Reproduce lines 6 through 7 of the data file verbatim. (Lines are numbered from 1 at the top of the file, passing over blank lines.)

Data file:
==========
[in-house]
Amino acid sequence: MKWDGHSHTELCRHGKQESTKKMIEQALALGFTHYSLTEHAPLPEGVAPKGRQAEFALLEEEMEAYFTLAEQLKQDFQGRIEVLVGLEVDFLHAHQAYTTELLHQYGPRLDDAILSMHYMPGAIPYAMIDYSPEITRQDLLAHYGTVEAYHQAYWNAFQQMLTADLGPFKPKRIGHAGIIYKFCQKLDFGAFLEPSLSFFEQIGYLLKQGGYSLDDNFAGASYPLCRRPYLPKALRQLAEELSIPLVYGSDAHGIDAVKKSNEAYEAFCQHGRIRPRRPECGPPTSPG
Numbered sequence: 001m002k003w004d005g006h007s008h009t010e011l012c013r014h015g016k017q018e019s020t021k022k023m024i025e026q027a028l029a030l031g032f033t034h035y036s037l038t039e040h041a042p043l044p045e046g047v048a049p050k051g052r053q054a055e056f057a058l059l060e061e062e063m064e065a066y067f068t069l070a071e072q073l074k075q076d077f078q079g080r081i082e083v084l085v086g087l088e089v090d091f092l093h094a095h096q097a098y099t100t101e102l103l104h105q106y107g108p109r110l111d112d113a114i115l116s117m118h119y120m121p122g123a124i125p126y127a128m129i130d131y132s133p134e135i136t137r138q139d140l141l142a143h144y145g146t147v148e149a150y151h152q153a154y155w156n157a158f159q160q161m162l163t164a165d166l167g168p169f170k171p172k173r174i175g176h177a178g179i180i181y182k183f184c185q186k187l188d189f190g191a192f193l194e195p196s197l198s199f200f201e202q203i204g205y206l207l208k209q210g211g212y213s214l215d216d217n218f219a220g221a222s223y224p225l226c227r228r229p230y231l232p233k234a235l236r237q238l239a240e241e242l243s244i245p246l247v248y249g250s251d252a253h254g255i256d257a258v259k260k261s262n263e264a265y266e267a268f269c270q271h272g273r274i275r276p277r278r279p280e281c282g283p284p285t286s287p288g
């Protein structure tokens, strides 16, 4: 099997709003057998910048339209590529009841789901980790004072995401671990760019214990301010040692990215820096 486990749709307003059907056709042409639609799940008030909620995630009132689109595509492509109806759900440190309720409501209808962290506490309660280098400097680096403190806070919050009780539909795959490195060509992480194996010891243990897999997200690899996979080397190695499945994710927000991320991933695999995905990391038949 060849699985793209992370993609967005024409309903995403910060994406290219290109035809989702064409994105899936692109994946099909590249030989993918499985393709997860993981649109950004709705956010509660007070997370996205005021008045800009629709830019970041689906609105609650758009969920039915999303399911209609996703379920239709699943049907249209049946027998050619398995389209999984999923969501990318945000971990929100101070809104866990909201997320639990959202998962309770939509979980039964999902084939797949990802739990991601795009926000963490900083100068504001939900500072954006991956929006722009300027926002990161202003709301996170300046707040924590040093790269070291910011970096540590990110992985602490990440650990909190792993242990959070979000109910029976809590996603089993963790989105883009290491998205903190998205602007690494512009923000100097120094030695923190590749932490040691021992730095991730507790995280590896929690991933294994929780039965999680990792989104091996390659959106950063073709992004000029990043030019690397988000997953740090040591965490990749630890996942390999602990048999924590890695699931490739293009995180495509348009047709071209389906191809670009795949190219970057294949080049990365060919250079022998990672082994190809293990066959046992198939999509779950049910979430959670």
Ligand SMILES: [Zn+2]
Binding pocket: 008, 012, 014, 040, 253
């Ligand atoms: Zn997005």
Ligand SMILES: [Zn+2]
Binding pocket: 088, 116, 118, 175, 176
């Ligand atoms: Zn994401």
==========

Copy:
Binding pocket: 008, 012, 014, 040, 253
């Ligand atoms: Zn997005």